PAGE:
It is not too late to call for a prosecution and trial of whoever pushed the button and the US government officials who gave the order: that is, Mr Preston and his boss, President Barack Obama.”

The Bureau of Investigative Journalism reports the following statistics on CIA drone strikes in Pakistan since the program began in 2004:

Total US strikes: 354
Obama strikes: 302
Total reported killed: 2,597-3,398
Civilians reported killed: 473-889
Children reported killed: 176
Total reported injured: 1,256-1,414

Now, I checked the Bureau’s methodology, and it is not clear to me whether they accept the Obama administration’s definition of militants when they calculate the civilian death total. Before this definition was reported by the New York Times in April, most media organizations uncritically passed along statistics about dead “militants” from the CIA. According to the Times’ story on Obama’s “Kill List,” the administration counts all “military-age males” that are killed in strike zones—meaning age 16 and above—as “militants.” If you don’t think that anyone above 16 who happens to be killed by a CIA drone strike in North Waziristan is a terrorist, then you may understand there to be a higher civilian death toll.

There have been 302 “Obama strikes,” as the Bureau puts it. We can assume, then, that Obama is directly responsible for the deaths of over 100 children during his first term, though that would be far too conservative. The number is undoubtedly higher, if you include drone strikes in Yemen and Somalia, as well as the unavoidable “collateral damage” incurred by the surge in Afghanistan.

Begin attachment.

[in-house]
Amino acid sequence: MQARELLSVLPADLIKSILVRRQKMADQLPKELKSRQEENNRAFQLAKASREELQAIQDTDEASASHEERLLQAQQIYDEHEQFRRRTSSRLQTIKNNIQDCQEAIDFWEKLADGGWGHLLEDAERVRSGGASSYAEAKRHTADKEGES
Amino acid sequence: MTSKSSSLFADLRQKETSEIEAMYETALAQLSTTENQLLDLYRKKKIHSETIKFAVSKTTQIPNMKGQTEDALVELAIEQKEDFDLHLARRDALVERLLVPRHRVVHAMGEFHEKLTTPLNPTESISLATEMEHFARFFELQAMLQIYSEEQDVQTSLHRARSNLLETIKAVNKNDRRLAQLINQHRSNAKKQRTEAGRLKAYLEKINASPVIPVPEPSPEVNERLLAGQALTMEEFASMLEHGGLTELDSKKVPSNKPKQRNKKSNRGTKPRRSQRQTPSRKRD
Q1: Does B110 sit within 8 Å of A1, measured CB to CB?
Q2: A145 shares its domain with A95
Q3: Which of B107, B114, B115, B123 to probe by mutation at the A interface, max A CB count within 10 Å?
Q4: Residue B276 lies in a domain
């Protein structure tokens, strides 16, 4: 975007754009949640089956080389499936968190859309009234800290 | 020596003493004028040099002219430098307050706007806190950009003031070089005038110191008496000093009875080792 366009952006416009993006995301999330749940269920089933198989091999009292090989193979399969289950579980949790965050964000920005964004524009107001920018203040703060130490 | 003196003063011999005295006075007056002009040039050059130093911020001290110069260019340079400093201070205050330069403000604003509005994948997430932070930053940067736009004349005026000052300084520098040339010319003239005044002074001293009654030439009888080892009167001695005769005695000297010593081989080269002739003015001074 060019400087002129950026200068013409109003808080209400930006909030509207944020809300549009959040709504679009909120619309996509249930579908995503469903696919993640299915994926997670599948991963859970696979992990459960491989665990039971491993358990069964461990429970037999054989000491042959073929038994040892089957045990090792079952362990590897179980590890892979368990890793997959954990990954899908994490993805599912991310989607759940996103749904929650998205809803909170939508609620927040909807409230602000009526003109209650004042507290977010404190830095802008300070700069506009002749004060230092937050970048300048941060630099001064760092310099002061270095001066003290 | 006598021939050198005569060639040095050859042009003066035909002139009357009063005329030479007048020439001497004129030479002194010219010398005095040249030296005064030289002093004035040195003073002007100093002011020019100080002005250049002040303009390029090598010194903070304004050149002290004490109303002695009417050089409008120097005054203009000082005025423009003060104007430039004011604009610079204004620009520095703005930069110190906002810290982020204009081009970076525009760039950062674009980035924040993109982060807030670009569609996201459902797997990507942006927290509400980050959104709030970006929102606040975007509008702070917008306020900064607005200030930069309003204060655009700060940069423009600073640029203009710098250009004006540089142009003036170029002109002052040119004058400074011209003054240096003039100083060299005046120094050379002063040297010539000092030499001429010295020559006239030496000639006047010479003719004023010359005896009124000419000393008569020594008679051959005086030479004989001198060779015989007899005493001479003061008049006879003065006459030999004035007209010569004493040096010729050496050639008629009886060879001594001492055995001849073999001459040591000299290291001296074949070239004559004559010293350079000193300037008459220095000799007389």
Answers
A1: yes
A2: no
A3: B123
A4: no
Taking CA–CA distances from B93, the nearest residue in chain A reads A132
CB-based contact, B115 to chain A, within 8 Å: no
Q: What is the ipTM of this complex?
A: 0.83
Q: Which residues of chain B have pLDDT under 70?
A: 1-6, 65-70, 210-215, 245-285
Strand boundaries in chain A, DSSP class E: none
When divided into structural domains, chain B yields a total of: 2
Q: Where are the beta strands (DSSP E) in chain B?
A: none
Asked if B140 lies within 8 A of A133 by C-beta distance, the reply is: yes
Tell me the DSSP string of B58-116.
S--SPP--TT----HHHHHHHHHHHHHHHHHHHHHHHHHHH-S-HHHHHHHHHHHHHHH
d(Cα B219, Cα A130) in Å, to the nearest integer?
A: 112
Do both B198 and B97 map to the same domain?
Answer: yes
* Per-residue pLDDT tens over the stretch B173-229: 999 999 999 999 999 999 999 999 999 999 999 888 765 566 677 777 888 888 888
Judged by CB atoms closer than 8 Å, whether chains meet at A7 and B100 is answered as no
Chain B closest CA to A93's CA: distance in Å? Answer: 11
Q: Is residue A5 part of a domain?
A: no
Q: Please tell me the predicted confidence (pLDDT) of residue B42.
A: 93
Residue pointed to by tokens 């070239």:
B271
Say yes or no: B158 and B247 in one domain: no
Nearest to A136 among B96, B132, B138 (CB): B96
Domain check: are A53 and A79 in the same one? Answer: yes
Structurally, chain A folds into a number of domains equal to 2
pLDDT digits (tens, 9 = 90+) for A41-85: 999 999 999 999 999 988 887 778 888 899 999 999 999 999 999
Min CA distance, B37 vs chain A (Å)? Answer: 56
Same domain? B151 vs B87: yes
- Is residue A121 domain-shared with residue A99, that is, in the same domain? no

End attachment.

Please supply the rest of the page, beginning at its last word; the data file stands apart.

If we trust what is considered to be a reliable source by the world’s media, then, Obama is responsible for the deaths of dozens and dozens of children, far more than were killed by Adam Lanza. While he has almost certainly never killed a child with his own hands, he has signed papers and given orders that have resulted in the death of dozens of children, at the very least.

Perhaps these were all terrible accidents. Unfortunate collateral damage of the war on terror, you may say. Still, even if this were true, we must acknowledge that Obama has an internet connection. Unless he is the most incurious person in the history of the world, he knows that the drone strikes he has ordered have killed children. It is a fact that even the CIA has acknowledged. And yet Obama continues the program.